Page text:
Everyone is familiar with the famous hot sauce of Louisiana. Hint, the name starts with the letter “T” and ends in “basco”. I was always intrigued with the idea of making a fermented hot sauce, but toning down the vinegar content to highlight the fermented character of the sauce. I also like a bit of garlic, so I wanted that in my sauce. Last, I wanted to bring more heat!
I ran quite a few experiments on this over the years, and got the recipe and process pretty dialed in. I make about two gallons of this sauce per year, and that is enough for our home use and to give some away as gifts. I bottle my sauces in glass woozy bottles and add labels and shrink bands so they really look nice as gifts.
Back in 2010 when the Washington Post did its feature on me, their photographer got a nice shot of my sauces. One of those was my “Wacky T#######” sauce. The photo was right there on the front page of the Food Section. A few weeks later, I got a rather testy call from Avery Island, from the CEO of the company, insisting that I change my label. While I was on safe legal ground, I felt it was best to make nice with a billionaire who has endless resources to make my life miserable. With my conversation with him fresh in mind, I relented and changed the sauce to “Crazy Cajun Hifallootin’ Hot Sauce.” I was left with quite a story!
I grow a lot of chilies in my garden. The basis of this sauce is serrano chiles, and heat is provided by red Scotch Bonnets, Red Savina Habaneros, and a few red Bhut Jolokia. You can mix the peppers to suit your own tastes. I once made a batch way too hot, so I started another crock with red bell peppers to ameliorate the heat.
My “Yucatan Firestorm” sauce pictured above is made with a similar process, but includes carrots and onions and is finished with a touch of lime juice.
As chilies start to ripen and turn red in my garden, I harvest them and store in the freezer until I have enough to mince. Later in the season, weekly harvests easily produce several gallons of red, ripe chilies.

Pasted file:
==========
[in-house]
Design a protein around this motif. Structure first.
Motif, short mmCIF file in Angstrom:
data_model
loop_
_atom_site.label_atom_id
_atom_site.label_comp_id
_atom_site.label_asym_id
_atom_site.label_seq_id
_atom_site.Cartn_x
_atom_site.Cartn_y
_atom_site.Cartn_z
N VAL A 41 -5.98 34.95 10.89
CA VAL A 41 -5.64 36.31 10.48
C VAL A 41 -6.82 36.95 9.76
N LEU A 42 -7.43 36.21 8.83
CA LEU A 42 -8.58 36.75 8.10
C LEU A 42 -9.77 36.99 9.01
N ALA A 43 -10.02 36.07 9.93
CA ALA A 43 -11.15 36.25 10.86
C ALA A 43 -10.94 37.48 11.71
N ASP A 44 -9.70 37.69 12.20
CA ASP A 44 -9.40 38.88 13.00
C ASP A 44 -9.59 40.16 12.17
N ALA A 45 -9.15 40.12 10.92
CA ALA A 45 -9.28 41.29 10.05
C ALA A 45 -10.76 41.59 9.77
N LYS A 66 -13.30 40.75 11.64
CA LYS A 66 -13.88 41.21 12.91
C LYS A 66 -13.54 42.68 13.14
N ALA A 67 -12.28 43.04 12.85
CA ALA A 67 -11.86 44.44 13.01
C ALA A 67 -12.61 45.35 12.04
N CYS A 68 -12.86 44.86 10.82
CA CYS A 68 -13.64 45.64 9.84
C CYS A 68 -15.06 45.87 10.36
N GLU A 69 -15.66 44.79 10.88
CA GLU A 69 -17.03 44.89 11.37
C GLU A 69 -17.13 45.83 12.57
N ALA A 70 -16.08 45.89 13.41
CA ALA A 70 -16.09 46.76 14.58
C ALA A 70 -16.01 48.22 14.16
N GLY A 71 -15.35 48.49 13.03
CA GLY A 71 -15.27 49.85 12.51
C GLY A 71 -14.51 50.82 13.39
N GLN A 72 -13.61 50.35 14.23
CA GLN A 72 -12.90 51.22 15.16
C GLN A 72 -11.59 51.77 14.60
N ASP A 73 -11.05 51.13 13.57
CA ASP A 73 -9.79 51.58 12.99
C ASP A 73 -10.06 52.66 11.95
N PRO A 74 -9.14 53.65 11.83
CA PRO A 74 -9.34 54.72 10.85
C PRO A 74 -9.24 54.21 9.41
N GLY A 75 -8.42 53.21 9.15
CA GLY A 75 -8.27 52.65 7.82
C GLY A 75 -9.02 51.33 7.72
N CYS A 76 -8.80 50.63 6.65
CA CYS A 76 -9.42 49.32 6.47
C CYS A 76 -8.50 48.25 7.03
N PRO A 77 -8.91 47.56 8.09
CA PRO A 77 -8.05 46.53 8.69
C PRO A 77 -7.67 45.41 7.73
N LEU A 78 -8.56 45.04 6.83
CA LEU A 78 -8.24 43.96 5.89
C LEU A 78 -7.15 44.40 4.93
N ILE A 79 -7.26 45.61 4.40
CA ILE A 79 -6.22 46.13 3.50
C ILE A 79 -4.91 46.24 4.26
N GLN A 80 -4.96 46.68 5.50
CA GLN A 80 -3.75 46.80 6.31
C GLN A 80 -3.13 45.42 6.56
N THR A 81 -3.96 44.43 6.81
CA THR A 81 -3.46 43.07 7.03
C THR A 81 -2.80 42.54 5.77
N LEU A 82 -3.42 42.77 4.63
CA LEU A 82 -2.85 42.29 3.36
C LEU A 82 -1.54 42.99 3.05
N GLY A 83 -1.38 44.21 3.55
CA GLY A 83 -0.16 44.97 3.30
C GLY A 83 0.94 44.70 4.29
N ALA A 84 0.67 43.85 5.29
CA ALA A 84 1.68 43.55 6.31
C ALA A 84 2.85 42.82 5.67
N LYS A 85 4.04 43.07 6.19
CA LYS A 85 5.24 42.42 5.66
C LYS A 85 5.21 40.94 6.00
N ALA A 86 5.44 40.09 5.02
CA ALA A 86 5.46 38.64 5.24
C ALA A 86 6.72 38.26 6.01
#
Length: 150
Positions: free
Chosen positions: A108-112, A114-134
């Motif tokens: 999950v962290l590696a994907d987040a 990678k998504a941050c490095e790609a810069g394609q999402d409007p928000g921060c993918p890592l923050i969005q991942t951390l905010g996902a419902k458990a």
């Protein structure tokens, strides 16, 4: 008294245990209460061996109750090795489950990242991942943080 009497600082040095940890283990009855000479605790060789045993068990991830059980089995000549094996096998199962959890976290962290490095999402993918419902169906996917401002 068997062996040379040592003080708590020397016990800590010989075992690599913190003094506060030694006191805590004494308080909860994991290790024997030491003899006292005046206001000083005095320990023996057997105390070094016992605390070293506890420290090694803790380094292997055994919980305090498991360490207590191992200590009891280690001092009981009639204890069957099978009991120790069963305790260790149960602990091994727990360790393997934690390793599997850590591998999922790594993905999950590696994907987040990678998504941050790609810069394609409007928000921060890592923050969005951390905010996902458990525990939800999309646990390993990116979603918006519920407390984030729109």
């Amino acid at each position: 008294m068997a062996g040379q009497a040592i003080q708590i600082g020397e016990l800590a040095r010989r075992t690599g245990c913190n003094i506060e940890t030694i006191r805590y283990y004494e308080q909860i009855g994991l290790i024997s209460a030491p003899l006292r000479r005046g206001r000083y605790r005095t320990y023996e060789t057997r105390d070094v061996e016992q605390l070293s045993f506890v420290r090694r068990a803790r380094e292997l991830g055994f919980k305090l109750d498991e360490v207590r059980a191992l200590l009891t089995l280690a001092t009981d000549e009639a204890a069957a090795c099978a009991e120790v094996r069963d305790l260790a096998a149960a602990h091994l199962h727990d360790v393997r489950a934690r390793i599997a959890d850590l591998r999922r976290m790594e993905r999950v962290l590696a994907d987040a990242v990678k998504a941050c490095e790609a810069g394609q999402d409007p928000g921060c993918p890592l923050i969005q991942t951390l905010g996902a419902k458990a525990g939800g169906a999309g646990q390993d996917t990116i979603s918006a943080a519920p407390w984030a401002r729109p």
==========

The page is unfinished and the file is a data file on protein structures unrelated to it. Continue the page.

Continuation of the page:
I get the fermentation going with 1-2 gallons of red chilies. This is a lactic acid bacteria fermentation, just like sauerkraut. I stem the peppers and mince in a food processor, scoop them in a bowl, and then add 2 tsp coarse sea salt to each gallon of whole peppers. There is no harm in leaving the stems on the peppers, I remove them because they take up space in the crock and I plan to use the solids once the sauce is strained.
Some folks are into precision in their lactic fermentations, but the way I look at it is that hot sauce is a condiment, so the salt content can vary. If you feel a need to weigh the salt, then I recommend a ratio of 3% salt to pepper mash by weight. You can go as low as 1% or as high as 5%. 1% will mean you have to be really careful to exclude air or you will have all types of wild yeast and mold grow in your mash. Some of these are toxic or may spoil the flavor of your sauce. I find higher salt content will reduce the fermentation character of the sauce since it inhibits the fermentation process a bit. Another thing to consider is that you can always add salt to your finished sauce if you’d like more, but if the finished sauce is too salty, then you have a problem! Furthermore, I find that salt greatly accentuates heat from peppers, so if the salt content is too high, then your sauce may have a sharp heat as opposed to a profile with full flavor with integrated heat.
Put the salted minced chilies in the fermentation crock (I use a 10L Harsch crock), lay a sheet of plastic wrap over the top of the salted chilies, and then lay the weights that came with the crock on top of the plastic. The next “feeding of the crock, I add 2-3 large heads of garlic into the minced content. Repeat with more peppers and more garlic until the crock is full. If you are looking for a measurement, I would estimate the garlic is 10% of the weight/volume of the crock. So, nine liters of pepper mash and one liter of garlic.